Jena

By Gottfried Benn Gottfried Benn

Translated By Michael Hofmann Read the translator's notes

“Jena before us in the lovely valley”
thus my mother on a postcard
from a walking holiday on the banks of the Saale,
she was spending a week at the spa of Kosen;
long forgotten now, the ancestor no more,
her script a subject for graphology,
years of becoming, years of illusion,
only those words I’ll never forget.

It wasn’t a great picture, no class,
there was not enough blossom
to justify lovely, poor paper, no pulp-free mass,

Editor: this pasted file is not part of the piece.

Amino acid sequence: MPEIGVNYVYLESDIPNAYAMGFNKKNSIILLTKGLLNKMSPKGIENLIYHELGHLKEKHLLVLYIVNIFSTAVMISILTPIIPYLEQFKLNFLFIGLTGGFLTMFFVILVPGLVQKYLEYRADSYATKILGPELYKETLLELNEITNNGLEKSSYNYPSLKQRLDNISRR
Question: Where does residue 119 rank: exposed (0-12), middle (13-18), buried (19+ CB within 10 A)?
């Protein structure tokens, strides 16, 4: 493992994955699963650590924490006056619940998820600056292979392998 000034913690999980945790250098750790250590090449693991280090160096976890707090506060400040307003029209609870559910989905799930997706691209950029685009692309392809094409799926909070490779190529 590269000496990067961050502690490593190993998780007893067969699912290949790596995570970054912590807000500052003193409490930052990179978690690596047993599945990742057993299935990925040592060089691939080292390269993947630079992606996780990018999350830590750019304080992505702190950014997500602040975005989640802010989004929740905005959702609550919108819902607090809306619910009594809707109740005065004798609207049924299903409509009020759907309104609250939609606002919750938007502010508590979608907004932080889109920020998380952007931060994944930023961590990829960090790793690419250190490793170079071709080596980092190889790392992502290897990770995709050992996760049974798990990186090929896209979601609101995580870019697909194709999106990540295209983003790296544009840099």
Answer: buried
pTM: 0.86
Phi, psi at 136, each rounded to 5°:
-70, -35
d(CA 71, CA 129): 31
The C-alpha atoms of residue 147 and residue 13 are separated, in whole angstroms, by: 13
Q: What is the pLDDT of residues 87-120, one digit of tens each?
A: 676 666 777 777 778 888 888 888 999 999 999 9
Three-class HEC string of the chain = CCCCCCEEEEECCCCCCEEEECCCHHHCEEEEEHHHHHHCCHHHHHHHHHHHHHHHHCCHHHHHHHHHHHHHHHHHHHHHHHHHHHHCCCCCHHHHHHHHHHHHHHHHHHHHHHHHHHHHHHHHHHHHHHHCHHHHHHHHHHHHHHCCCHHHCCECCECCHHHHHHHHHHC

also the hills weren’t green with vineyards,
but she was from back-country hovels,
so the valleys probably did strike her as lovely,
she didn’t need laid paper or four-color print,
she supposed others would see what she had seen.

It was something said at a venture,
an exaltation had prompted it,
the landscape had moved her,
so she asked the waiter for a postcard,
and yet—vide supra—the ancestor went on,
as will we all, including even those—
years of becoming, years of illusion—
who see the town in the valley today.

Source: Poetry (November 2009).

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This poem originally appeared in the November 2009 issue of Poetry magazine

November 2009

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